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Book Review - Living Rich for Less by Ellile Kay

Updated on January 2, 2009

Personal Finance author Ellie Kay has a new book out called Living Rich for Less - Create the Lifestyle You Want by Giving, Saving and Spending Smart. After reading one of her other books I was anxious to get my hands on Living Rich for Less and borrowed it from my library. While I found it to be a good book, I do question how realistic her plan is for most people.

The main principal of the book is The 10/10/80 Rule. According to Kay, The 10/10/80 Rule means that you give away the first 10 percent of your income save the second 10 percent of your income and live on the remaining 80 percent. I think this is great in theory, but realistically how many people can live on just 80 percent of their salary?

Don't get me wrong, I am all for tithing and sharing our income with those in need. But for most people giving 10 percent would be virtually impossible - if they even wanted to. We have all heard that we are supposed to be saving 10 percent of our income, but most of America can barely keep their head afloat and hardly saves anything at all. In fact recently Americans had a negative savings rate for the first time in a long time. Of course if you can manage to save 10 percent of your income, then you will probably be set for life as for as retirement savings go, and that would be very nice.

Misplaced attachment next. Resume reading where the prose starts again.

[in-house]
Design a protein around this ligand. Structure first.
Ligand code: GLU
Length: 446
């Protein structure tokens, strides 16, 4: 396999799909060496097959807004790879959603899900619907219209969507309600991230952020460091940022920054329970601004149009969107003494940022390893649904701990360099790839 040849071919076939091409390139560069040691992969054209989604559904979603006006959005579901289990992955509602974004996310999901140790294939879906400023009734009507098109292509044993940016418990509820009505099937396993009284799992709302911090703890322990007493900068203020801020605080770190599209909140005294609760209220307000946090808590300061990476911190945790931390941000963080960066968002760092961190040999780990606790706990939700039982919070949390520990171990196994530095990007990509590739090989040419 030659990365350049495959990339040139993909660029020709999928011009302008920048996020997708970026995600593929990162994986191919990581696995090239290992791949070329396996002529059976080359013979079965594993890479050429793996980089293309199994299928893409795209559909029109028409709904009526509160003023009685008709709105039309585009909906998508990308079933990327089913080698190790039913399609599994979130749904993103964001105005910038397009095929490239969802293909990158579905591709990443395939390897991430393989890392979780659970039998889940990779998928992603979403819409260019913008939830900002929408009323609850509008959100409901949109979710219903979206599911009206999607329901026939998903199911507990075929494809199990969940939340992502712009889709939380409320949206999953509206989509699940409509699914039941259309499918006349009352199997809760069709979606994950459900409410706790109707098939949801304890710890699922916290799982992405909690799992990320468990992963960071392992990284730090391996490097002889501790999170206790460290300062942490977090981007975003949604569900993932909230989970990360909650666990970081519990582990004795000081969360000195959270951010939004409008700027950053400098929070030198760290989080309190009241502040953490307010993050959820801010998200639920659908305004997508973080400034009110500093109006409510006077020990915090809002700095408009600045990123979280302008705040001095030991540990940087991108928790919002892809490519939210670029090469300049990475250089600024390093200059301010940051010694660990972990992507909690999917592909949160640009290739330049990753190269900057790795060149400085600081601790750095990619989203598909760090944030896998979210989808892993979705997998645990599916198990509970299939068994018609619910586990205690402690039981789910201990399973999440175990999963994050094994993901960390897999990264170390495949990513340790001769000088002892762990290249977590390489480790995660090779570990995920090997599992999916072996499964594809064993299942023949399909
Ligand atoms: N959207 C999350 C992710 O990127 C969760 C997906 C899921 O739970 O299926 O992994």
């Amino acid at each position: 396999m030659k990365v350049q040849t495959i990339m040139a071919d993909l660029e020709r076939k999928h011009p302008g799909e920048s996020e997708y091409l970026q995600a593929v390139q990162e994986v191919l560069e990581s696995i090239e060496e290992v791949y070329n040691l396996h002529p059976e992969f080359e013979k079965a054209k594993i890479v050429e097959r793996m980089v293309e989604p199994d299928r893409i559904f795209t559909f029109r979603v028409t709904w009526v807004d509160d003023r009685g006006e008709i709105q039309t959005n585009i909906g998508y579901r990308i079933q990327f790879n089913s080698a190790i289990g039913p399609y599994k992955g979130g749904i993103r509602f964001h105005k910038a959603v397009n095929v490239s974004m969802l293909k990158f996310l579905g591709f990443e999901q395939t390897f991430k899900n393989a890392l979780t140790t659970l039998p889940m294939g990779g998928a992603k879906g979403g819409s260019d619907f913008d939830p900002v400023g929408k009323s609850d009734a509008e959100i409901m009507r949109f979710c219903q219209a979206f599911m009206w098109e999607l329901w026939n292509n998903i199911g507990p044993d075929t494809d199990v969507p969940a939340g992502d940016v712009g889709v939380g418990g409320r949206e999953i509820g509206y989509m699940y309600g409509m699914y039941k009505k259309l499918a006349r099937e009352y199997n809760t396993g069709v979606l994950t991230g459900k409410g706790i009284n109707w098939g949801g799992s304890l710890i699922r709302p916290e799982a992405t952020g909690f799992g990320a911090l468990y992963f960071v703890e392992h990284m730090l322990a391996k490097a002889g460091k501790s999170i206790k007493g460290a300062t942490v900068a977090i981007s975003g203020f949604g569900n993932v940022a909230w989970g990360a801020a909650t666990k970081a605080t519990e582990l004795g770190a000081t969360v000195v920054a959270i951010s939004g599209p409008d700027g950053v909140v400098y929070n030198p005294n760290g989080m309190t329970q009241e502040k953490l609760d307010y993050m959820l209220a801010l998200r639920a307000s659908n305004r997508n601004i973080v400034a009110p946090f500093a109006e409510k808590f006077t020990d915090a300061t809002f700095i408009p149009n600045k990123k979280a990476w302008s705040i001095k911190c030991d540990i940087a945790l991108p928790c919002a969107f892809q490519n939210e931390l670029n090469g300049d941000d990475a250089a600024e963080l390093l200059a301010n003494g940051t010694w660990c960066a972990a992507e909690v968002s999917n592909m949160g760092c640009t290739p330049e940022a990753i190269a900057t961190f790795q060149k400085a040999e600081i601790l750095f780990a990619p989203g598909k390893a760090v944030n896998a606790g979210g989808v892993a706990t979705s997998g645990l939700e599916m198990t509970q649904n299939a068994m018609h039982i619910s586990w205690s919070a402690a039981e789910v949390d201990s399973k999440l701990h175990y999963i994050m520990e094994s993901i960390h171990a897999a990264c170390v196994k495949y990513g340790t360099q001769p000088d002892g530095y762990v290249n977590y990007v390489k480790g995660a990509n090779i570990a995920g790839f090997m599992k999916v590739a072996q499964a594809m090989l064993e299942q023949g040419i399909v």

I guess one of the reasons I disagree with the plan is what she thinks should be a part of the 10 percent of savings. On page 153 Kay says this about the savings portion of her plan.

"Savings: 10 percent to savings accounts, 401k funding, Roth IRA, or other IRA investments, regular savings for upcoming bills (insurance, taxes, etc.) and emergencies."

If I were to include the amount we save each month for irregular expenses around the house and taxes and such then we would certainly be at the goal 10 percent. However, I don't really think those savings should be included because they are really already earmarked to be spent on something and are not being saved for our future.

Ellie Kay and her family dug themselves out of a lot of debt early in their marriage and used The 10/10/80 Rule to help them, and it did work for them. However I do question where debt repayment falls in her plan. She thinks that we should be budgeting 5 percent on education/miscellaneous things and this is where she includes debt repayment. I don't think that is nearly enough. Honestly when a person gets serious about paying off their debt I think they should stop saving money for the most part (as well as trimming other areas of the budget) and use that money to go towards debt repayment too.